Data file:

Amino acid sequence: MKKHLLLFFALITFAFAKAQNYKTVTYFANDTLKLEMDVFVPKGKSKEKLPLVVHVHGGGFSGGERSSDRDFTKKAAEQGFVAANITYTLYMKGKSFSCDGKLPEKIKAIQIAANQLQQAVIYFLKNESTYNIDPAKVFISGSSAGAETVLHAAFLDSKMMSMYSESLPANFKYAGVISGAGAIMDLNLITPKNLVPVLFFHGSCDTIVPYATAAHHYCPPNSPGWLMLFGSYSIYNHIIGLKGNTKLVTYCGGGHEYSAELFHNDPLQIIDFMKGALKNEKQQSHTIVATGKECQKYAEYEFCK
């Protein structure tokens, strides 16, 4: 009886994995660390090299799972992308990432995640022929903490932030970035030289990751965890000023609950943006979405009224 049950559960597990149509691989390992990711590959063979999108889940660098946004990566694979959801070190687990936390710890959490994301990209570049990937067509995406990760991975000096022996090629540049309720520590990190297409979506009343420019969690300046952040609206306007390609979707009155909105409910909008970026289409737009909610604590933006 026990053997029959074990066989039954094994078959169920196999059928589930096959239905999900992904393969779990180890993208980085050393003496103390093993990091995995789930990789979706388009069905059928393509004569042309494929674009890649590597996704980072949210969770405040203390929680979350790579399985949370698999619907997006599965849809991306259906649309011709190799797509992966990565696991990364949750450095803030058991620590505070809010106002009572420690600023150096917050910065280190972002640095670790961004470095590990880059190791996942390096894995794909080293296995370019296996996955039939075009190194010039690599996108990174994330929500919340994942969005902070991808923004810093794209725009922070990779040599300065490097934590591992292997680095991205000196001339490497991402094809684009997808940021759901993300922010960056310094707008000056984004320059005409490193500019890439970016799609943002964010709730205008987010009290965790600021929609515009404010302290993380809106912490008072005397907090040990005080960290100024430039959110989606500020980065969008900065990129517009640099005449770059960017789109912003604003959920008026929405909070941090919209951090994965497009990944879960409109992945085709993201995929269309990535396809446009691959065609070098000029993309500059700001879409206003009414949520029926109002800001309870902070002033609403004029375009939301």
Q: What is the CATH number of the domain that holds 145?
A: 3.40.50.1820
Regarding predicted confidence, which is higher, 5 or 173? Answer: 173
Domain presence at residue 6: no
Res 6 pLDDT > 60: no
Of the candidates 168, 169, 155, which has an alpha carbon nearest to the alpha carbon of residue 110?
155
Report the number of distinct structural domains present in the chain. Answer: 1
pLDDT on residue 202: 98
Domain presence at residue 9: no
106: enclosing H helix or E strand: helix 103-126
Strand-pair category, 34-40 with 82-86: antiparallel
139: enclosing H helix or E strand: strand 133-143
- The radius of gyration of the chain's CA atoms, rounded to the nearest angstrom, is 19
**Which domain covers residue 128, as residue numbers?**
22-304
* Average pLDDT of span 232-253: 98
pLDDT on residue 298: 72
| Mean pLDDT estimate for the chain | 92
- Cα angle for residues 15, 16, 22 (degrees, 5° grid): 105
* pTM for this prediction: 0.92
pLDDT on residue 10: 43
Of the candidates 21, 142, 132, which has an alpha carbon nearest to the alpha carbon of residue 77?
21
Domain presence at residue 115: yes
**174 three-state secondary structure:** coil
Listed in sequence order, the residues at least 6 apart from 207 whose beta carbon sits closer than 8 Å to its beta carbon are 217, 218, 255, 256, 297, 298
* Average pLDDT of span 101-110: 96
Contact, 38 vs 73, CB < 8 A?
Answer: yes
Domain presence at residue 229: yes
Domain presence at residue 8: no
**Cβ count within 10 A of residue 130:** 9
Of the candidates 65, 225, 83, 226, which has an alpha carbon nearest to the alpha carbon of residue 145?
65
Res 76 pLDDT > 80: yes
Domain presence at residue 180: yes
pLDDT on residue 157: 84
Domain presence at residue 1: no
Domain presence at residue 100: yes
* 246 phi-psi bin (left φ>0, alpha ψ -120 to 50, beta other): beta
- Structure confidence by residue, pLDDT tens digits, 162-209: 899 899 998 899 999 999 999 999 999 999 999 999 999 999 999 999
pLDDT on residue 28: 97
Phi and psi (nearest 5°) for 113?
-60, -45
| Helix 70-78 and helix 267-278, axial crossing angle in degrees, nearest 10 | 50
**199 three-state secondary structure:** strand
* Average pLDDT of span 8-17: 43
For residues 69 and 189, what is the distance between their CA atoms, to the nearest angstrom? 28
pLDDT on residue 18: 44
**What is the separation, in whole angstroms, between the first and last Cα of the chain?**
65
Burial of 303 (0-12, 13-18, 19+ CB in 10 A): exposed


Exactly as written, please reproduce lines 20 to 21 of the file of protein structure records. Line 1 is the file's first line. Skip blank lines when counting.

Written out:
pLDDT on residue 298: 72
| Mean pLDDT estimate for the chain | 92